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Topic:
Skepticism, mysticism, Jewish mathematics
Replies:
115
Last Post:
Aug 7, 2006 1:30 AM



zr
Posts:
6
Registered:
7/28/06


Re: Skepticism, mysticism, Jewish mathematics
Posted:
Jul 30, 2006 6:00 PM


Everyone knows that mathematics is no longer an exact science. Mysticism is even more of a conundrum. "Everyone knows the speed of light" Can anyone tell us the speed of dark?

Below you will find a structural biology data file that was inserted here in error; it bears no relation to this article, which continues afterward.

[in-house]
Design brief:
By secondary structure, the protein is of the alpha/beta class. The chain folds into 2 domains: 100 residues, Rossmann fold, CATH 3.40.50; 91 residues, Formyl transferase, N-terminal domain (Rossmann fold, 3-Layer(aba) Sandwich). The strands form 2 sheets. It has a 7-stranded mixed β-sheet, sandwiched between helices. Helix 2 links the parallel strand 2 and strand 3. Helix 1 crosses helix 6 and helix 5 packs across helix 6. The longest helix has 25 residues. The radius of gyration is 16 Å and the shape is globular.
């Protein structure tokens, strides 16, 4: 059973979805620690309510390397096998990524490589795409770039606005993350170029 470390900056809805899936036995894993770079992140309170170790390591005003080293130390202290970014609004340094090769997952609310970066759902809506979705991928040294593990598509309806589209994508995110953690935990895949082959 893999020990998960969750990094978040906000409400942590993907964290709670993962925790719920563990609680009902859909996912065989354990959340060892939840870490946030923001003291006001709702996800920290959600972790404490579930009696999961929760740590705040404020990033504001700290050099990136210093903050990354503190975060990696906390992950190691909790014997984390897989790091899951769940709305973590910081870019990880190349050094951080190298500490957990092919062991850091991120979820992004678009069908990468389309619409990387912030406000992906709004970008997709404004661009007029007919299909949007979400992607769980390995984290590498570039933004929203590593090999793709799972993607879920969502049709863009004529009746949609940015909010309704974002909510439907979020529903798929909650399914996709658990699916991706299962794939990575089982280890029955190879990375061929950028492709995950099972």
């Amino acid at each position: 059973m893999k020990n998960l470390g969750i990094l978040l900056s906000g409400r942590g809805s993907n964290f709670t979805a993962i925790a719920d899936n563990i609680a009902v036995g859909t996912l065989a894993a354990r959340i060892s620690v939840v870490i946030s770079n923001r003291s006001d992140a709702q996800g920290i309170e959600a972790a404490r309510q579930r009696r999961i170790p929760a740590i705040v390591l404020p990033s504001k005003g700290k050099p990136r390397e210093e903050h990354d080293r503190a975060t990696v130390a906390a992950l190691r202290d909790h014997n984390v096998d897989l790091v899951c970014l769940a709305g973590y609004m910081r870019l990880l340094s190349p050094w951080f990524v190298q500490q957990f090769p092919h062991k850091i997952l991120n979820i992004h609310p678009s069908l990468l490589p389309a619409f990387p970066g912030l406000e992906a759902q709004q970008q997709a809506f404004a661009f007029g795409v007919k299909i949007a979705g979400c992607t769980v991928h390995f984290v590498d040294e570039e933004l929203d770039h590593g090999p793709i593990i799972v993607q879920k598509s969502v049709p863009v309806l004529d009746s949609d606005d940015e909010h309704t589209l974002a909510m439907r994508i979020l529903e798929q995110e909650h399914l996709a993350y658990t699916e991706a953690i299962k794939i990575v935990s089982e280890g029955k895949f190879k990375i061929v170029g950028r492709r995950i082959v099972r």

"Barb Knox" <see@sig.below> wrote in message news:seeFF2685.09580631072006@lust.ihug.co.nz... > In article <1154289964.749323.306020@m73g2000cwd.googlegroups.com>, > Han.deBruijn@DTO.TUDelft.NL wrote: > >> david petry wrote: >> >> > Also, Cantor's mathematical ideas were very strongly influenced by his >> > religious beliefs, and those were mystical beliefs, and he grew up in a >> > Jewish environment. That amounts to suggestive evidence that Kabbalah >> > has influenced mathematics. >> >> Affirmative: >> >> http://pirate.shu.edu/~wachsmut/ira/history/cantor.html >> >> Quote: >> >> Georg Ferdinand Ludwig Philipp Cantor was born in St. Petersburg, >> Russia, on March 3, 1845. Georg's background was very diverse. >> His father was a Danish _Jewish merchant_ that had converted to >> Protestantism while his mother was a Danish Roman Catholic. >> >> Underline by me: _Jewish merchant_. I think the "merchant" is equally >> important as the "Jewish". Perhaps the "Jewish" has lead to Cantor's >> preoccupation with the infinite, but the "merchant" has lead Cantor to >> his believe that the whole world is a set and nothing but a set. Read >> "The Political Economy of Sets": >> >> http://groups.google.nl/group/sci.math/msg/19e5174536f49c32?hl=en& >> >> Han de Bruijn > > The opening paragraph of that shows considerable ignorance of the actual > history of mathematics (and misrepresenting History is a sin for a > Marxist, no?)  > >> Virtually any kind of Modern Math is based upon Set Theory. Despite >> the fact that ST suffered from (Russell's) paradoxes from the very >> beginning. This would have assassinated any other kind of >> mathematical theory. It is remarkable that Set Theory survived its >> shortcomings in the first place. Big surprise; it even became the >> foundation "par exellance" whereupon Modern Mathematics is based. > > Consider that calculus too started out as a halfbaked theory laden with > paradoxes, and that one of the great mathematical achievements was to > put it on a rigourous footing. And indeed, set theory was one of the > important tools in that enterprise.